The agreed Programme Priorities respond to these challenges and will furthermore exploit opportunities in niche areas such as green growth, renewable energies and eco-Innovation.
The eligible priorities for the 2014-2020 programme period are:
- Stimulating innovation and competitiveness.
- Fostering resource efficiency.
- Strengthening the territory's resilience to risks of natural, climate and human origin.
- Enhancing biodiversity and the natural and cultural assets.
In the afternoon there will be opportunities for one-on-one advisory meetings with national contact points. Meeting rooms will also be available for breakout sessions if required.
For more information on the day and how to attend, visit the Marine Institute website HERE.
#MarineIndustry - With Ireland's maritime industry definitively outperforming the general economy since the global financial crisis began, "reliable statistics" on the sector are needed to understand how the health of our waters and coastline affects the country as a whole.
That's the impetus behind new research being conducted by the Socio-Economic Marine Research Unit (Semru) at NUI Galway, together with Teagasc, to determine the indirect impact of Ireland's marine economy on the country's broader growth, as the Irish Examiner reports.
The collaboration has already produced what they call the Bio-Economy Input-Output Model, which studies the connections between Ireland’s marine and agriculture sectors and the rest of the economy – and has indicated that for every €100 in marine sector turnover, another €78 is generated across other economic sectors.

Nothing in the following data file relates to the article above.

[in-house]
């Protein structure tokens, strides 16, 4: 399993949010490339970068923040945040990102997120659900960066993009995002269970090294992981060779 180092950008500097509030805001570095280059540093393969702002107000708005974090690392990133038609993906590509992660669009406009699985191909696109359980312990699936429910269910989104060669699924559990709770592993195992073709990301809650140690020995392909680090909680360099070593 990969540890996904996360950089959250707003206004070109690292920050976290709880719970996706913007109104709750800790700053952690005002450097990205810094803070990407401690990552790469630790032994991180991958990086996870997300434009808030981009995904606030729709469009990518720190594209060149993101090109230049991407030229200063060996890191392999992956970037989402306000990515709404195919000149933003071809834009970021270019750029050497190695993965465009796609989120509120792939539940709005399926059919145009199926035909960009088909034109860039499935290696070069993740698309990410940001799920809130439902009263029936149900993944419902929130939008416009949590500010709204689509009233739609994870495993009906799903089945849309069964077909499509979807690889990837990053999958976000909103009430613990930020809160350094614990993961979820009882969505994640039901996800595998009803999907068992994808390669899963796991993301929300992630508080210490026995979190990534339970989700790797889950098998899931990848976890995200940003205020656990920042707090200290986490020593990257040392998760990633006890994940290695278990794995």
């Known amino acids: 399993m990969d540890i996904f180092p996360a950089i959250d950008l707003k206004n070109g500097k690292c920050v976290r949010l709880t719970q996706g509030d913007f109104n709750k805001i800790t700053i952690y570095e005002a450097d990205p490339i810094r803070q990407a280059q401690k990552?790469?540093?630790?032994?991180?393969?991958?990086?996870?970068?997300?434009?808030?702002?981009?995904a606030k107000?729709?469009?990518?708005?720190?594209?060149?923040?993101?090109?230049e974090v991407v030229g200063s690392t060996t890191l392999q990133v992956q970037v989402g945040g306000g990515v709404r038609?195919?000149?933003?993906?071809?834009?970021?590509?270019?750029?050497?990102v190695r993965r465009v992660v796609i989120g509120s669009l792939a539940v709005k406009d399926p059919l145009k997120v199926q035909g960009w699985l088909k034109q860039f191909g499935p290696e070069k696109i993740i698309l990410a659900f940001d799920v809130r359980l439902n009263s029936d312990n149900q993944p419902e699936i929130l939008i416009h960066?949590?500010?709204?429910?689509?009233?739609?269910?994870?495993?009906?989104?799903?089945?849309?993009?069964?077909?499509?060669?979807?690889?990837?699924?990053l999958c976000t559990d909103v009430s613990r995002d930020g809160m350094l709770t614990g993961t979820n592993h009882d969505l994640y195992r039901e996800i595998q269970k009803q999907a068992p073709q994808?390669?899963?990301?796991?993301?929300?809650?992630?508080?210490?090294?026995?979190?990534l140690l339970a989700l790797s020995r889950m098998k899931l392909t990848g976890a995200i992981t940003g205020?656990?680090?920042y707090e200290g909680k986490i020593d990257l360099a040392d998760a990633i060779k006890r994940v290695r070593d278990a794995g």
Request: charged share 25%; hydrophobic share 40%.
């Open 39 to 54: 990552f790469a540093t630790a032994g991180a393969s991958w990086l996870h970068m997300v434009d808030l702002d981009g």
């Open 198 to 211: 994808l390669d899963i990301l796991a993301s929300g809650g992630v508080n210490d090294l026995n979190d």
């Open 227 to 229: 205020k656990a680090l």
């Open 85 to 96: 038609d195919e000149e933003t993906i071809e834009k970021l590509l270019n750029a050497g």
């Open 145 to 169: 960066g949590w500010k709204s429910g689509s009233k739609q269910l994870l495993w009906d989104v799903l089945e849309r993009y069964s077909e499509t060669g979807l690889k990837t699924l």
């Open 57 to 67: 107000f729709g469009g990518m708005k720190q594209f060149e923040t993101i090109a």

With those kinds of results, it's no surprise that Ireland's waters and coastline are being embraced as "a national asset providing incredible opportunities for tourism, energy, food and new applications for therapeutics and technology,” according to Marine Institute chief executive Dr Peter Heffernan.
“We’re building marine research infrastructure that will support and promote the development of the technology we need to harness that energy," he added. "We’re in an ideal position to become a leader in the development of ocean energy technology.”
Indeed, this prime time for Ireland's renewable energy potential was the spur for a UCC spin-out company to license a new financial modelling and analytics tool for the offshore wind and tidal power sectors.
Exceedence Ltd, founded and led by Dr Ray Alcorn, will now bring to market the ExceedenceFINANCE solution, developed by software engineers, financial analysts, industry specialists and researchers in the Marine Renewable Energy Ireland (MaREI) centre at UCC Beaufort.
“Our software analyses the viability of potential renewable projects and helps to make intelligent decisions on where and when these projects should proceed," explains Dr Alcorn.
The software is designed to help "a wide range of stakeholders" from State agencies, investors, engineers and developers "to create renewable energy infrastructure that can address the need for low or no-carbon energy within Ireland and abroad", according to University College Cork’s VP of research and innovation, Prof Anita Maguire
"This technology is very significant for the blue economy, in Ireland and internationally. We are delighted to see Exceedence develop commercially with the objective of supporting the marine industry and ultimately creating jobs.”